The Hundred Year Diet

The Hundred Year Diet

America's Voracious Appetite for Losing Weight

Book - 2010
Average Rating:
Rate this:
1
A lively cultural history of the American weight loss industry that explores the origins of our obsession with dieting As a nation battling an obesity epidemic, we spend more than $35 billion annually on diets and diet regimens. Our weight is making us sick, unhappy, and bigger than ever, and we are willing to hand over our hard-earned money to fix the problem. But most people don’t know that the diet industry started cashing in long before the advent of the Whopper. The Hundred Year Diet is the story of America’s preoccupation with diet, deprivation, and weight loss. From the groundbreaking measurement of the calorie to World War I voluntary rationing to the Atkins craze, Susan Yager traces our relationship with food, weight, culture, science, and religion. She reveals that long before America became a Fast Food Nation or even a Weight Loss Nation, it was an Ascetic Nation, valuing convenience over culinary delight. Learn how one of the best-fed countries in the world developed some of the worst nutritional habits, and why the respect for food evident in other nations is lacking in America. Filled with food history, cultural trivia, and unforgettable personalities, The Hundred Year Diet sheds new light on an overlooked piece of our weight loss puzzle: its origins. Susan Yager is an adjunct instructor in the Department of Nutrition, Food Studies, and Public Health at New York University and has written for a variety of publications on the topics of food and sexual health. She lives in New York City and the East End of Long Island with her husband and two cats. As a nation battling an obesity epidemic, America spends more than $35 billion annually on diets and diet regimens. In The Hundred Year Diet, Susan Yager details America's preoccupation with diet, deprivation, and weight loss. From the groundbreaking measurement of the calorie to World War I voluntary rationing to the Atkins craze, Susan Yager traces our relationship with food, weight, culture, science, and religion. She reveals that long before America became a Fast Food Nation or even a Weight Loss Nation, it was an Ascetic Nation, valuing convenience over culinary delight. Learn how one of the best-fed countries in the world developed some of the worst nutritional habits, and why the respect for food evident in other nations is lacking in America. Filled with food history, cultural trivia, and unforgettable personalities, The Hundred Year Diet sheds new light on an overlooked piece of our weight loss puzzle: its origins. "Worries over overeating, as Susan Yager interestingly reminds us in The Hundred Year Diet, preoccupied the public long before Americans en masse became so massive . . . Ms. Yager's bite-sized chapters are easy and pleasant to digest as she takes us through America's fat-fighting history, from its now comical-seeming beginnings through the wild pendulum swings of the late 20th century (when carbohydrates and fats alternated as public enemy No. 1) to the promise of the fat-substitute Olestra (with its regrettable intestinal consequences) and today's gastric bypass surgery for the severely obese.-- From publisher description.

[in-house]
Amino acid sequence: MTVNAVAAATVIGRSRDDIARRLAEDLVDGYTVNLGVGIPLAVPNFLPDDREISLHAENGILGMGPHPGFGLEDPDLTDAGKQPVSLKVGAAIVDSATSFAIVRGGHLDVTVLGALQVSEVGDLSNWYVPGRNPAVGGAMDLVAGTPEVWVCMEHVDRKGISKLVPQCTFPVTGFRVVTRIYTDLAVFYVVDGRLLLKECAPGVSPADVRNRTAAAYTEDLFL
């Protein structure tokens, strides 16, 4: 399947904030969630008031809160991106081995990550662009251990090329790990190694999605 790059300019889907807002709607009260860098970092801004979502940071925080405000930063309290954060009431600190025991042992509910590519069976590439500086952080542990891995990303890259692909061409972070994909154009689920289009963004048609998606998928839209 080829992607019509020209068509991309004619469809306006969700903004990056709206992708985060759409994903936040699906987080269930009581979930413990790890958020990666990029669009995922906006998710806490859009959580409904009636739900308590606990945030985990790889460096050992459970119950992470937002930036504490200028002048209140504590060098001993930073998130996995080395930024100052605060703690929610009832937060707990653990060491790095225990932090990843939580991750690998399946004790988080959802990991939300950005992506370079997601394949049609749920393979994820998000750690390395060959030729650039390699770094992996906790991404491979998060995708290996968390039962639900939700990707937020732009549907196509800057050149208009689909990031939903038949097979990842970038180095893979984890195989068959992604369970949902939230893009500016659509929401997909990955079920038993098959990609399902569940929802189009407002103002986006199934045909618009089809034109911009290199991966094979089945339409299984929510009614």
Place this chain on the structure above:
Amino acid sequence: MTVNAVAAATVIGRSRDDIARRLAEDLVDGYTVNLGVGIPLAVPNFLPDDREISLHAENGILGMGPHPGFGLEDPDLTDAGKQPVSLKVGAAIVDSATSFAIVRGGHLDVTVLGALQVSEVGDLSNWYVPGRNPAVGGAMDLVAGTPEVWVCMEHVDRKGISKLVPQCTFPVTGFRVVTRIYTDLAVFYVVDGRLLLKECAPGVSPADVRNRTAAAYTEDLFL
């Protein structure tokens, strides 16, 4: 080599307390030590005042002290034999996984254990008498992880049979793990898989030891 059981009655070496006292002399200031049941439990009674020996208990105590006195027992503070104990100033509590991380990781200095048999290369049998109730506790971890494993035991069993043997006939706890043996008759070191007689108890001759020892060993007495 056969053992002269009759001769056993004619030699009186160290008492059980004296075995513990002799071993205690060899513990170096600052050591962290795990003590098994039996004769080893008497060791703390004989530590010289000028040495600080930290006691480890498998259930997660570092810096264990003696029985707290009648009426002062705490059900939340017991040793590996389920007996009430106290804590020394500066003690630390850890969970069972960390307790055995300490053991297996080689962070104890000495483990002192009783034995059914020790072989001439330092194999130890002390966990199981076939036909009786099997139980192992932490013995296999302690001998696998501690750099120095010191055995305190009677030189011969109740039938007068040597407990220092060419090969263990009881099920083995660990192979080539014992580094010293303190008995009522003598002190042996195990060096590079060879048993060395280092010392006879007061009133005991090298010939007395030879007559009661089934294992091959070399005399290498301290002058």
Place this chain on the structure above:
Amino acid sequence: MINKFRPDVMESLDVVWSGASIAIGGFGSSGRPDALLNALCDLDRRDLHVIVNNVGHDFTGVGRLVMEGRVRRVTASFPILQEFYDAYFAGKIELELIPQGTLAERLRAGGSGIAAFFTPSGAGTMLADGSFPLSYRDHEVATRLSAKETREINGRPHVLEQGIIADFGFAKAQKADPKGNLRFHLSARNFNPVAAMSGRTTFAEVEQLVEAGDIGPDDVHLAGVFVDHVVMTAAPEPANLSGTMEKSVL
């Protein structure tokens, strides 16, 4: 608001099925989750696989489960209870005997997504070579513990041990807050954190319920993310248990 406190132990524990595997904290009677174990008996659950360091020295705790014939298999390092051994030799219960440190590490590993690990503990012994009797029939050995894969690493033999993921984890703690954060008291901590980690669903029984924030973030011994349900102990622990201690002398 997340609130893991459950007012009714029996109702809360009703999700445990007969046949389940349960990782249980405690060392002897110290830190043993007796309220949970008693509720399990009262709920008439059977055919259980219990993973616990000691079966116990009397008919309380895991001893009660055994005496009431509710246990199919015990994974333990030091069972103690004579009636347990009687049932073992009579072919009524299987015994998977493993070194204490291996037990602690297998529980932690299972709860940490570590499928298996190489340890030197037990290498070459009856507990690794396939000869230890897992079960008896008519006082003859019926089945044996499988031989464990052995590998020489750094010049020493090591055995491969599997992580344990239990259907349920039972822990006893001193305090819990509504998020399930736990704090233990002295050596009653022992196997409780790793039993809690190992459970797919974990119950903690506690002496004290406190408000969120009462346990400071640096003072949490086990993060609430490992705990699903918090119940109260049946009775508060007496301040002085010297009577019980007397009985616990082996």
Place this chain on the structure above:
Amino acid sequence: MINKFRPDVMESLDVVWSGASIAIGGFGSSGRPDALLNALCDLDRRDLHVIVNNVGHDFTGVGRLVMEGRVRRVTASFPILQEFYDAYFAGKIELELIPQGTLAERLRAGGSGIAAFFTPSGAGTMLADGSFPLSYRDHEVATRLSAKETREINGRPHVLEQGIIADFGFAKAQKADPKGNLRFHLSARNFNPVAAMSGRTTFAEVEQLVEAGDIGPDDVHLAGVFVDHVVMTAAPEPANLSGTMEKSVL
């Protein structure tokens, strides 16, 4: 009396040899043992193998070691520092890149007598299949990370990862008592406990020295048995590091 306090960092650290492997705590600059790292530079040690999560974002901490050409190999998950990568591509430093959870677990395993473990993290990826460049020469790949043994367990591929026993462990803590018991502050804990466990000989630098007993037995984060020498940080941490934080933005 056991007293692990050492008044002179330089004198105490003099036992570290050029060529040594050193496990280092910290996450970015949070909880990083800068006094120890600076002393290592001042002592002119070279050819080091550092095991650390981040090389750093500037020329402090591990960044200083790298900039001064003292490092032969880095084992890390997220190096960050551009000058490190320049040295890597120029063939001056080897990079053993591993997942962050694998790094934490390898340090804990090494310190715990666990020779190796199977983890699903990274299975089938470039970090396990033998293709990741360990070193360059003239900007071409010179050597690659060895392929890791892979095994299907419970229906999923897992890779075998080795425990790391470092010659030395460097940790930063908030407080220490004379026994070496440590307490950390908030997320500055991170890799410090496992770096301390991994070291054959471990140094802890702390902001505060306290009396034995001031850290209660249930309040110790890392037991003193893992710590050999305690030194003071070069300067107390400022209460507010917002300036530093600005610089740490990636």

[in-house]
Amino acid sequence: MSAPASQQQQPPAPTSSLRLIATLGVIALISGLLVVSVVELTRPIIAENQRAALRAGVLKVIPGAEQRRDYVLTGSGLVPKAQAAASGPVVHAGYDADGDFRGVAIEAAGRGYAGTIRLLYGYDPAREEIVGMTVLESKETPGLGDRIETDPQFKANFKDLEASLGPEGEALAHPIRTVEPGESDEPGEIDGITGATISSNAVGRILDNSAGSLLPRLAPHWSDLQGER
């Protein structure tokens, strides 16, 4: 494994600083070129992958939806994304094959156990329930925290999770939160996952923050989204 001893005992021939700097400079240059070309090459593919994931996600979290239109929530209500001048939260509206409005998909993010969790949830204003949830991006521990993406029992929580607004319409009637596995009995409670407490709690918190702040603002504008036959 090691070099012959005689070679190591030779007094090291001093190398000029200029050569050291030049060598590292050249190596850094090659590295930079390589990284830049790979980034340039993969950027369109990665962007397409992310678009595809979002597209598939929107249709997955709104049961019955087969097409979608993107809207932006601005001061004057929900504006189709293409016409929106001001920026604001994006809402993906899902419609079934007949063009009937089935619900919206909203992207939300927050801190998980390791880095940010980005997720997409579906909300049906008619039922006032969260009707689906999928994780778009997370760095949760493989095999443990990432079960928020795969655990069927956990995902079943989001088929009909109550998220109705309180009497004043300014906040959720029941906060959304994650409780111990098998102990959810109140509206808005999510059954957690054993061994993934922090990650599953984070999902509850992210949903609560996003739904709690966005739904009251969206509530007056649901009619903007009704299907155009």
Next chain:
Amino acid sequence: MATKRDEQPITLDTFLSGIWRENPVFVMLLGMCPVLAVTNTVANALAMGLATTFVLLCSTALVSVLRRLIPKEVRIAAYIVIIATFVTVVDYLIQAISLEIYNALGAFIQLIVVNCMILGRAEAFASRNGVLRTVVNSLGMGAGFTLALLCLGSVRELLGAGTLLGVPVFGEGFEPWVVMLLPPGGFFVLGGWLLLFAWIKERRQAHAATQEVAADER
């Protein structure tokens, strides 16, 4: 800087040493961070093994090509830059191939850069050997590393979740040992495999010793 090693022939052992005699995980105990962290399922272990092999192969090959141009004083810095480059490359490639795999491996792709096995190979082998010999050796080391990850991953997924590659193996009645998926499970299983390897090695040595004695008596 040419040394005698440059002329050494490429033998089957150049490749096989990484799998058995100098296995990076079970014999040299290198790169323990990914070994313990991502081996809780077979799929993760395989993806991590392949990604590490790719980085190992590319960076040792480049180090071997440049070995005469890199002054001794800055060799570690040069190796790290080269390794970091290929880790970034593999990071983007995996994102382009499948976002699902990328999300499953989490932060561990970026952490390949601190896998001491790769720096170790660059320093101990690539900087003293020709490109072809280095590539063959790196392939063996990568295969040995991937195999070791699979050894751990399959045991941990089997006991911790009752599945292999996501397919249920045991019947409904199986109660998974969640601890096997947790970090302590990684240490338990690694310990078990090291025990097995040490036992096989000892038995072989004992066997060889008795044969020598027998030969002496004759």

Publisher: New York : Rodale, c2010
ISBN: 9781605290119
1605290114
Branch Call Number: 613.25 YAGER
Characteristics: xii, 260 p. : ill. ; 24 cm

Opinion

From the critics


Community Activity

Comment

Add a Comment
l
lenne
Dec 29, 2016

A chronological listing of many popular diets over the last 100 years. No scientific data or references to studies. The book provides only the writer's views on the different diets.

Age

Add Age Suitability

There are no ages for this title yet.

Summary

Add a Summary

There are no summaries for this title yet.

Notices

Add Notices

There are no notices for this title yet.

Quotes

Add a Quote

There are no quotes for this title yet.

Explore Further

Browse by Call Number

Recommendations

Subject Headings

  Loading...

Find it at SAPL

  Loading...
[]
[]
To Top